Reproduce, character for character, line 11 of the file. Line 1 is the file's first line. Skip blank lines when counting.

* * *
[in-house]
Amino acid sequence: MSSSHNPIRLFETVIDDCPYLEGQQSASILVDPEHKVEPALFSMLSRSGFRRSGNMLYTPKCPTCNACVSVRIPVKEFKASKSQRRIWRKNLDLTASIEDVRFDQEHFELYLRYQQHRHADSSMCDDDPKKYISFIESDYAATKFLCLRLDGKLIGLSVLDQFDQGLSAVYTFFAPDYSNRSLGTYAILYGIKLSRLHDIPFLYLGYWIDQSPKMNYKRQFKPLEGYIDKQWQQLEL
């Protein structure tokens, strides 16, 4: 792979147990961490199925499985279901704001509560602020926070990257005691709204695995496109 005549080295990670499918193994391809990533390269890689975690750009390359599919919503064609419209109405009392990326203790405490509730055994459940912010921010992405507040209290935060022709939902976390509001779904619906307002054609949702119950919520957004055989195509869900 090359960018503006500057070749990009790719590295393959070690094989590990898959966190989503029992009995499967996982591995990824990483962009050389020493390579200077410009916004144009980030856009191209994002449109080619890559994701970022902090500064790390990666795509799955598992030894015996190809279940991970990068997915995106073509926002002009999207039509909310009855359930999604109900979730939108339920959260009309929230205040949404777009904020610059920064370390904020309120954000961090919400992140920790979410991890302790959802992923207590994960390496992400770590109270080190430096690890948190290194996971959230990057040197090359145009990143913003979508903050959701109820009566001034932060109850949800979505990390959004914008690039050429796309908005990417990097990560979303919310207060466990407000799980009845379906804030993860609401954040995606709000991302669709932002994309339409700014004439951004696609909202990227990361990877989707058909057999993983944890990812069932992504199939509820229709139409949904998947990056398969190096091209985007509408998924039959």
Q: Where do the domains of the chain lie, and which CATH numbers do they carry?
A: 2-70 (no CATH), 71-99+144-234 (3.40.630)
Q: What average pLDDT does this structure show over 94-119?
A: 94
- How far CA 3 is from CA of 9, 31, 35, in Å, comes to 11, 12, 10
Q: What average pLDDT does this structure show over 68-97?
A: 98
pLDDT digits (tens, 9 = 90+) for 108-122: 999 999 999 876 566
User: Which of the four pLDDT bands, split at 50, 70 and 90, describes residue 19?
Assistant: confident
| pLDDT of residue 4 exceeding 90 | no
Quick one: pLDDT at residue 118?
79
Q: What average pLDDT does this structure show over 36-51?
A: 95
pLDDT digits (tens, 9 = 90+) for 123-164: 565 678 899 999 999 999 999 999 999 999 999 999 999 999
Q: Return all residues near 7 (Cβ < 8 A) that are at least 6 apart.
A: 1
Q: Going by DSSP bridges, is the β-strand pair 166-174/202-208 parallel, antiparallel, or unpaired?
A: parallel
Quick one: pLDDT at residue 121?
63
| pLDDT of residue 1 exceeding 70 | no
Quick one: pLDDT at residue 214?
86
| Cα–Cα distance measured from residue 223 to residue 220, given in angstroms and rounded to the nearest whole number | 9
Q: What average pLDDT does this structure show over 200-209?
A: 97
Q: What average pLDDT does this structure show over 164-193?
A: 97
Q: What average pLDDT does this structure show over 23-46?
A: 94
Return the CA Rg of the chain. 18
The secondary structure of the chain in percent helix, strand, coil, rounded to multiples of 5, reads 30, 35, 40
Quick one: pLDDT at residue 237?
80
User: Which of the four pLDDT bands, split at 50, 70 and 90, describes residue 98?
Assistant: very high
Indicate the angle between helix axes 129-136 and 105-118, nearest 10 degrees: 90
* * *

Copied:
pLDDT digits (tens, 9 = 90+) for 108-122: 999 999 999 876 566